Marina Floating Docks – Real or Personal Property? Part 1 of 3

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This question has arisen many times with marina tax appeal cases I have been involved in.  Today it came to me in the form of an email, so I figured it’s high time I put my thoughts together on the topic.

The fundamental problem is that there is no universal treatment by government officials.  One jurisdiction treats them as real property and the one next door does not.  When there is no “official” word on how a jurisdiction is to treat them, the presumption is that they are real property because marinas with fixed docks were assessed in this manner for decades prior to the advent of floating docks.  “It’s how we’ve always done it” is the usual response in these cases.

“I must have missed the part where that was MY problem”

Floating versus Fixed DocksOK, so I like quoting Spider-Man.  ‘Writer’s privilege.  Here are a couple of quotes from an email that highlight why this distinction is important:

The question arises as to the classification of floating docks as personal property or real property.The distinction is important because of recent tax changes making the tax rates on personal property substantially lower than real property.

We want to claim floating docks as personal property and our justification is that the IRS has determined that floating docks are equipment, not real property because they are not fixed and can be moved and are easily moved, etc.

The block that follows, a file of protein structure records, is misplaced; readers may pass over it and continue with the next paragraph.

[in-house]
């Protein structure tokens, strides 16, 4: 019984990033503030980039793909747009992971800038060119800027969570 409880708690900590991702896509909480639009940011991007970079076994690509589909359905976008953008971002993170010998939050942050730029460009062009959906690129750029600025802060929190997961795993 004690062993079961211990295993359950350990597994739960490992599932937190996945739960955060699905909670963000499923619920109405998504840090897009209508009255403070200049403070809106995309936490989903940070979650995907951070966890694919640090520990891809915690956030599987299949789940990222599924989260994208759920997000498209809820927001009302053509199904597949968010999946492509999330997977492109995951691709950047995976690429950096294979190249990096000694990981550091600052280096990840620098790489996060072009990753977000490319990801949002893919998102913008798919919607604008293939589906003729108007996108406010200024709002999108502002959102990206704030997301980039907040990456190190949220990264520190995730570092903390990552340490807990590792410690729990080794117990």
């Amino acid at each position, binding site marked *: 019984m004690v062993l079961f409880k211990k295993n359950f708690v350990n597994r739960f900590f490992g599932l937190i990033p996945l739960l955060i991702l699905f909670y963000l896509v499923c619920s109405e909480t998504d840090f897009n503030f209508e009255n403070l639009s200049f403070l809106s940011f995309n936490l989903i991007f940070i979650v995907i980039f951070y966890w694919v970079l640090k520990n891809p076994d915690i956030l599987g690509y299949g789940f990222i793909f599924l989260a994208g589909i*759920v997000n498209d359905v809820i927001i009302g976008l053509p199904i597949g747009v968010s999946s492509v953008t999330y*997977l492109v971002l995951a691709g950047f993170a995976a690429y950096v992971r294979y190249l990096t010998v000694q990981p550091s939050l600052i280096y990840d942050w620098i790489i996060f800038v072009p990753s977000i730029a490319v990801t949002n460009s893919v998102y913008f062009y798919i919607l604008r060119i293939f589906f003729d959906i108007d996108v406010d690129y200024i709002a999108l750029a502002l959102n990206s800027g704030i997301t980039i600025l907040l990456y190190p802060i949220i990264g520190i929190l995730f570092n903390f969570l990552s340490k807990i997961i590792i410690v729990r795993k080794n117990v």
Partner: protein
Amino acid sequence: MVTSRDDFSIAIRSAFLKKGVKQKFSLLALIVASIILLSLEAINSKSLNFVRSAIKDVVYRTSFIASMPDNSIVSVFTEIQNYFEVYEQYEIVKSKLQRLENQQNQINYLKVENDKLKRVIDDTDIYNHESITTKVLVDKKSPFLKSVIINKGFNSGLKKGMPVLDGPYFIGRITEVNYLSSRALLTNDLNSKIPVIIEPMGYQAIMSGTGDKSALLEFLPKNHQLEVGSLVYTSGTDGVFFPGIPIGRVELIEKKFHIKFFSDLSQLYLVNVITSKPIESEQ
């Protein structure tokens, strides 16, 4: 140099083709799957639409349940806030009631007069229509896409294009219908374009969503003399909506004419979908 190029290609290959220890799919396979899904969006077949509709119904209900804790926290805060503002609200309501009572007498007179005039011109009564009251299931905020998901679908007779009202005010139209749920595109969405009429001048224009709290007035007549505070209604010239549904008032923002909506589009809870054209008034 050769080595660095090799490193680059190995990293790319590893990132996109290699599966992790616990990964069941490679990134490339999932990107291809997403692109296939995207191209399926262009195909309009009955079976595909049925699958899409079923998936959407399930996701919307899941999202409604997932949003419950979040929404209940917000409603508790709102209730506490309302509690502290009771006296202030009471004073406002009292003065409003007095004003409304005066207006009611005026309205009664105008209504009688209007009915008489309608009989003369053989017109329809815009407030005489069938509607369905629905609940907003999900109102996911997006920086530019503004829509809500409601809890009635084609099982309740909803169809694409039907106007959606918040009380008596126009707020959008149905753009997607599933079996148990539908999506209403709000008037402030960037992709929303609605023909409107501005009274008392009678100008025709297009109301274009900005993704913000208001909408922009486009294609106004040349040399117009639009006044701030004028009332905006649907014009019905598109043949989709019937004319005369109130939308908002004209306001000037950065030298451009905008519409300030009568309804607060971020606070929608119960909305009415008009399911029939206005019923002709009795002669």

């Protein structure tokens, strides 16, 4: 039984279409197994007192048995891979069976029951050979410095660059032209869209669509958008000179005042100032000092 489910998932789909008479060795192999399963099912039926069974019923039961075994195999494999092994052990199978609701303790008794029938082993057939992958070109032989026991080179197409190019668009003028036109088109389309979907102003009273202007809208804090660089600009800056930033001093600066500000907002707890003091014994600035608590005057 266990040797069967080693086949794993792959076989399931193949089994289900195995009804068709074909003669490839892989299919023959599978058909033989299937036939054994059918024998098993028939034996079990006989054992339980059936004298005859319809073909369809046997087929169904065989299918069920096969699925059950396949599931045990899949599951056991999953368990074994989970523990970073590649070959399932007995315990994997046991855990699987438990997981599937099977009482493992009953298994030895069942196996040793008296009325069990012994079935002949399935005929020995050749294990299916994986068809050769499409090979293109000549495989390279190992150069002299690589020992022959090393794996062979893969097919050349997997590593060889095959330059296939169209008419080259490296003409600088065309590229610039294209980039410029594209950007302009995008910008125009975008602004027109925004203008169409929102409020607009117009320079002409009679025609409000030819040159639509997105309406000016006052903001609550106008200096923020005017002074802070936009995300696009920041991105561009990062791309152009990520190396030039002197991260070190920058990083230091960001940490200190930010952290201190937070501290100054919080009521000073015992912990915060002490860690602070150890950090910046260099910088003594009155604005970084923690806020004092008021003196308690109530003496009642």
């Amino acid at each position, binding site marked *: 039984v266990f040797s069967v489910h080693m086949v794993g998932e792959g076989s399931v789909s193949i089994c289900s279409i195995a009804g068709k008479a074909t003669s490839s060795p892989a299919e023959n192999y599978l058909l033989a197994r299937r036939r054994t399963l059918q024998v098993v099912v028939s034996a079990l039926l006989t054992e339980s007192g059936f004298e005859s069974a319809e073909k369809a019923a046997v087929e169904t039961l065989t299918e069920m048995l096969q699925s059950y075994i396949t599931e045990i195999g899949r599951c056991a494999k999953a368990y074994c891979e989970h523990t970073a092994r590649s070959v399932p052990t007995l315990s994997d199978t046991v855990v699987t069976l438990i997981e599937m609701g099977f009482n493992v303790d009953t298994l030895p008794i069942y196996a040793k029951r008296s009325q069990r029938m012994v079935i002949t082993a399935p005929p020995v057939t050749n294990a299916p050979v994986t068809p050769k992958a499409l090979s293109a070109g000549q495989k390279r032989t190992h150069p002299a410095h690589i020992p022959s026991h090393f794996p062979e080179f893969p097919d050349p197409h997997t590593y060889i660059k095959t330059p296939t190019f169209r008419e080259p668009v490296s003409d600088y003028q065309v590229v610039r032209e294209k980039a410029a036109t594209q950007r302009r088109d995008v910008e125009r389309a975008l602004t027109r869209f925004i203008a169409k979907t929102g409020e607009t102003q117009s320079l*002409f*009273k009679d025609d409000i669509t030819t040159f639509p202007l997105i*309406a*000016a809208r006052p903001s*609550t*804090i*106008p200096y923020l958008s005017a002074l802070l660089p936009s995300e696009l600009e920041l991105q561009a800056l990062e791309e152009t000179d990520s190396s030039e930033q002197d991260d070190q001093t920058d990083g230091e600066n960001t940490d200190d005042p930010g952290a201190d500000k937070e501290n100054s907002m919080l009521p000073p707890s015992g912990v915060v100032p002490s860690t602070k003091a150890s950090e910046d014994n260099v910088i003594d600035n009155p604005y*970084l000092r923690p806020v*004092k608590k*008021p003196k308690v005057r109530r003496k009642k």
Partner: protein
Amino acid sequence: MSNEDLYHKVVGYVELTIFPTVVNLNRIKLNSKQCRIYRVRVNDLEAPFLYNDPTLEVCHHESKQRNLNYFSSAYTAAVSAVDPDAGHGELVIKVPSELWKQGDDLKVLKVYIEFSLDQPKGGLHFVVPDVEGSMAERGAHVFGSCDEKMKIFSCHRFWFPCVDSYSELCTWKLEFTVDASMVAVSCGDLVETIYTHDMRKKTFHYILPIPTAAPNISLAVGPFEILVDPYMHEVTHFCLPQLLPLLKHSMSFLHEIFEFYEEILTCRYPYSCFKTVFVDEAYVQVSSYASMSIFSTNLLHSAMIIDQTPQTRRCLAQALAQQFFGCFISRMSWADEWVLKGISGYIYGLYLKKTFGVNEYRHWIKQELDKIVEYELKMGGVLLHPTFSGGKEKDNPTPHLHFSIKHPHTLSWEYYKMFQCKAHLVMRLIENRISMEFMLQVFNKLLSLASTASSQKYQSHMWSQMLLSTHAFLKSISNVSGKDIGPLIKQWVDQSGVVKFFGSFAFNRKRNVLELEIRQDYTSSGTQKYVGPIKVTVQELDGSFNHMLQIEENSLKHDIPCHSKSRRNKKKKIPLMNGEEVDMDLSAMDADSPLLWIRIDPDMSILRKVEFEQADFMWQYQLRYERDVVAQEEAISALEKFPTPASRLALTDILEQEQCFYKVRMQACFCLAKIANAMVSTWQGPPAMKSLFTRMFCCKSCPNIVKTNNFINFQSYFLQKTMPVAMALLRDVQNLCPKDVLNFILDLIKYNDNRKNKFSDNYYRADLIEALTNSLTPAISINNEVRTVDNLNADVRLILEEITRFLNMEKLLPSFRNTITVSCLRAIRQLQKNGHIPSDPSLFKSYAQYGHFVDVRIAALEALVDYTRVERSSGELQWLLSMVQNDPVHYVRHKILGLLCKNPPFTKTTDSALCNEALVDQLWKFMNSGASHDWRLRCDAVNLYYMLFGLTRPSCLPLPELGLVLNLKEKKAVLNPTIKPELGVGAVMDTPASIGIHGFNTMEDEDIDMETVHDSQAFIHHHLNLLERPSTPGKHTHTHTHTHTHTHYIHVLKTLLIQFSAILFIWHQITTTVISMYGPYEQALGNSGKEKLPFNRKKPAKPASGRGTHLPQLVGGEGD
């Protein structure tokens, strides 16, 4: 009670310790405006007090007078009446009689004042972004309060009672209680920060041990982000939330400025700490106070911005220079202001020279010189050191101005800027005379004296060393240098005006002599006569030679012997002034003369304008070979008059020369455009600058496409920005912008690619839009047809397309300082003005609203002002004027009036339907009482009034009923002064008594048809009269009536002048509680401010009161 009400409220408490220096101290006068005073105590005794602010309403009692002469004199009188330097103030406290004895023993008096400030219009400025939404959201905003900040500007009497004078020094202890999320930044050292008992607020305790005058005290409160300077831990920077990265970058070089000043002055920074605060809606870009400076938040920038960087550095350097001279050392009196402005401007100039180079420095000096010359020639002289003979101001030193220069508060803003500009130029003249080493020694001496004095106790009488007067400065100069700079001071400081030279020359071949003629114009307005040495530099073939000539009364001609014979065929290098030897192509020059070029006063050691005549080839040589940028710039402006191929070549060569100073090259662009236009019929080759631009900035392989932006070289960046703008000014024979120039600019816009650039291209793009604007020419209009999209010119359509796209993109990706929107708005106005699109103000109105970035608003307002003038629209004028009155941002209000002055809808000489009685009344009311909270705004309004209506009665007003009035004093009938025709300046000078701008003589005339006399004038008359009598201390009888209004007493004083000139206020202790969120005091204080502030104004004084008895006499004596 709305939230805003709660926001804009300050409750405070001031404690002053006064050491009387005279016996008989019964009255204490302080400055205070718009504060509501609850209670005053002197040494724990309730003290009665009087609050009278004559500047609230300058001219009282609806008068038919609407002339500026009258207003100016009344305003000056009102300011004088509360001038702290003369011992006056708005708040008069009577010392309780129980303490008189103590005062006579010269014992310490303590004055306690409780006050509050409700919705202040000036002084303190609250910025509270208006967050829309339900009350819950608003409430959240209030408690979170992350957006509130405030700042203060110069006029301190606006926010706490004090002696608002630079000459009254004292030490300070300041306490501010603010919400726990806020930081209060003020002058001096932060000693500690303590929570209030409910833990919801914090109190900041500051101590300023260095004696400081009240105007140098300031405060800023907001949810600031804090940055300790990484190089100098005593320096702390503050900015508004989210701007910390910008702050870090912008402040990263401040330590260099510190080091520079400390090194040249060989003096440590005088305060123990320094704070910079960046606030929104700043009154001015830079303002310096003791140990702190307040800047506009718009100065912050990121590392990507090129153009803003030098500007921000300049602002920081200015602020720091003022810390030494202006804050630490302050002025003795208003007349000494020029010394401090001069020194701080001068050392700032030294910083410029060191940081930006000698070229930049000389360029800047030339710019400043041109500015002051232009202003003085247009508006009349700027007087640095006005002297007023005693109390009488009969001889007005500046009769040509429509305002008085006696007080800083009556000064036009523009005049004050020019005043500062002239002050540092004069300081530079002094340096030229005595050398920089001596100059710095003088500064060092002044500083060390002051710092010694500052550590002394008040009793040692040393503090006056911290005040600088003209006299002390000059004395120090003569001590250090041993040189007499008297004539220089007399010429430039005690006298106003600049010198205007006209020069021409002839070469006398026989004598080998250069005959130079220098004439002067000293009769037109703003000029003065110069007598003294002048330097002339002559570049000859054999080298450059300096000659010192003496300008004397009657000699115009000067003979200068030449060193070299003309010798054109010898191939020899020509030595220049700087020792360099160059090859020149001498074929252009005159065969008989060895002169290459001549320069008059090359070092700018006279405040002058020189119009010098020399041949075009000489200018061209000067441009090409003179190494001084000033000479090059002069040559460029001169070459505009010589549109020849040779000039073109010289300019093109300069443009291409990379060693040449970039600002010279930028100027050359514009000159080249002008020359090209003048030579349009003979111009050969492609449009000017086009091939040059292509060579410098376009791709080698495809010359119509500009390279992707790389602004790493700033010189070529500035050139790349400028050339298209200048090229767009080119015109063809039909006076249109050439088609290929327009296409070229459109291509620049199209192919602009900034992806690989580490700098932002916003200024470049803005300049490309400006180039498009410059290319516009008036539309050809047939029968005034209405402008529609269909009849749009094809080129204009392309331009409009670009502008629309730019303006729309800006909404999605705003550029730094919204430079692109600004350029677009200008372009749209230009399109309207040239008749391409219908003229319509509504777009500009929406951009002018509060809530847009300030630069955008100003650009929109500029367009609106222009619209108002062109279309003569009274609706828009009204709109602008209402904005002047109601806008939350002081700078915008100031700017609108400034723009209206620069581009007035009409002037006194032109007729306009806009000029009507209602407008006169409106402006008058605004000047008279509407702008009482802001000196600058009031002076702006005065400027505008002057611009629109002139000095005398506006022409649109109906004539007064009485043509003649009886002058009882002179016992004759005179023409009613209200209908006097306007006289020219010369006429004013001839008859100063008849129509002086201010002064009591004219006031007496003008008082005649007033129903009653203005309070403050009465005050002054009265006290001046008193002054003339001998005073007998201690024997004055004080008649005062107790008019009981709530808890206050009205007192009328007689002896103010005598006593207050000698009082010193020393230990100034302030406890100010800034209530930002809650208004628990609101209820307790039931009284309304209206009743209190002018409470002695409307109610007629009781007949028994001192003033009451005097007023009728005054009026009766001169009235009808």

• Ownership of the bottom lands, the land underneath the water that comprises the basin, complicates the issue.  The docks are affixed in some manner to piles that are driven into the sediment.  In many lakes the basin land is owned by the property owner.  In others it’s owned by the municipality.  In Lake Michigan it’s owned by the State of Michigan.  The floating personal property has some method of being affixed to the real estate, so does that make it a fixture?
  • Depreciation schedules for personal and real property are quite different.
  • The IRS has ruled that floating docks are personal property.  So when a jurisdiction says it’s real property there’s an obvious disconnect.  ‘Seems like someone is wrong and no matter which, the property owner doesn’t receive the full benefit of any one classification.

The IRS Has Spoken

So I did a little research and stumbled across this little gem from the U.S. Court of Appeals (an appeal from the U.S. District Court in Massachusetts):

Case law as to whether floating docks are “real property” is not uniform–which is unsurprising because the issue arises under various statutes and in different contexts (sales, taxes, condemnation). A leading federal tax decision says that floating docks are not real property, Morgan v. Comm’r of Internal Revenue, 52 T.C. 478, 483 (Tax Ct. 1969); see also Rev. Rul. 75-178, 1975-1 C.B. 9, 1975 WL 34655. No Massachusetts case involving a floating dock has been cited to us, and case law in other jurisdictions is divided.

In the next part of this series, we’ll explore what tests can be used to determine if floating docks are personal property.

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